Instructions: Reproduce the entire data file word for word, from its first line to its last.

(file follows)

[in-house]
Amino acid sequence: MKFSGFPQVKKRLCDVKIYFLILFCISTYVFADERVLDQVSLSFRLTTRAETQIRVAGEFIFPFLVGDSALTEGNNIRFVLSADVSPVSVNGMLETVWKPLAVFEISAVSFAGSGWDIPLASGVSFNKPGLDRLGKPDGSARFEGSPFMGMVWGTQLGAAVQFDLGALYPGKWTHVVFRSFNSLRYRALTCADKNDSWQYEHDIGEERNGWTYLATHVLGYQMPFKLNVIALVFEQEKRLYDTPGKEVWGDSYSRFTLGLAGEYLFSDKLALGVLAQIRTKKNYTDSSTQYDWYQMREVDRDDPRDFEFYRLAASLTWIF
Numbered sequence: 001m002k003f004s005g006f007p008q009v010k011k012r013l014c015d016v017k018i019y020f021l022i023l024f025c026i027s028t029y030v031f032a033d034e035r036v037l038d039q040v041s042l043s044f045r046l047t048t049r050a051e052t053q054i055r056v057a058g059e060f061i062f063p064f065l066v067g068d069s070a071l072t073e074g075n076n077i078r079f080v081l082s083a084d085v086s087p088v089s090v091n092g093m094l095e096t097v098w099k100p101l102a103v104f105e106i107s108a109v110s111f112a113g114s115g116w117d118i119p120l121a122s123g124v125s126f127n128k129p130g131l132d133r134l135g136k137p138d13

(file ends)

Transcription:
[in-house]
Amino acid sequence: MKFSGFPQVKKRLCDVKIYFLILFCISTYVFADERVLDQVSLSFRLTTRAETQIRVAGEFIFPFLVGDSALTEGNNIRFVLSADVSPVSVNGMLETVWKPLAVFEISAVSFAGSGWDIPLASGVSFNKPGLDRLGKPDGSARFEGSPFMGMVWGTQLGAAVQFDLGALYPGKWTHVVFRSFNSLRYRALTCADKNDSWQYEHDIGEERNGWTYLATHVLGYQMPFKLNVIALVFEQEKRLYDTPGKEVWGDSYSRFTLGLAGEYLFSDKLALGVLAQIRTKKNYTDSSTQYDWYQMREVDRDDPRDFEFYRLAASLTWIF
Numbered sequence: 001m002k003f004s005g006f007p008q009v010k011k012r013l014c015d016v017k018i019y020f021l022i023l024f025c026i027s028t029y030v031f032a033d034e035r036v037l038d039q040v041s042l043s044f045r046l047t048t049r050a051e052t053q054i055r056v057a058g059e060f061i062f063p064f065l066v067g068d069s070a071l072t073e074g075n076n077i078r079f080v081l082s083a084d085v086s087p088v089s090v091n092g093m094l095e096t097v098w099k100p101l102a103v104f105e106i107s108a109v110s111f112a113g114s115g116w117d118i119p120l121a122s123g124v125s126f127n128k129p130g131l132d133r134l135g136k137p138d13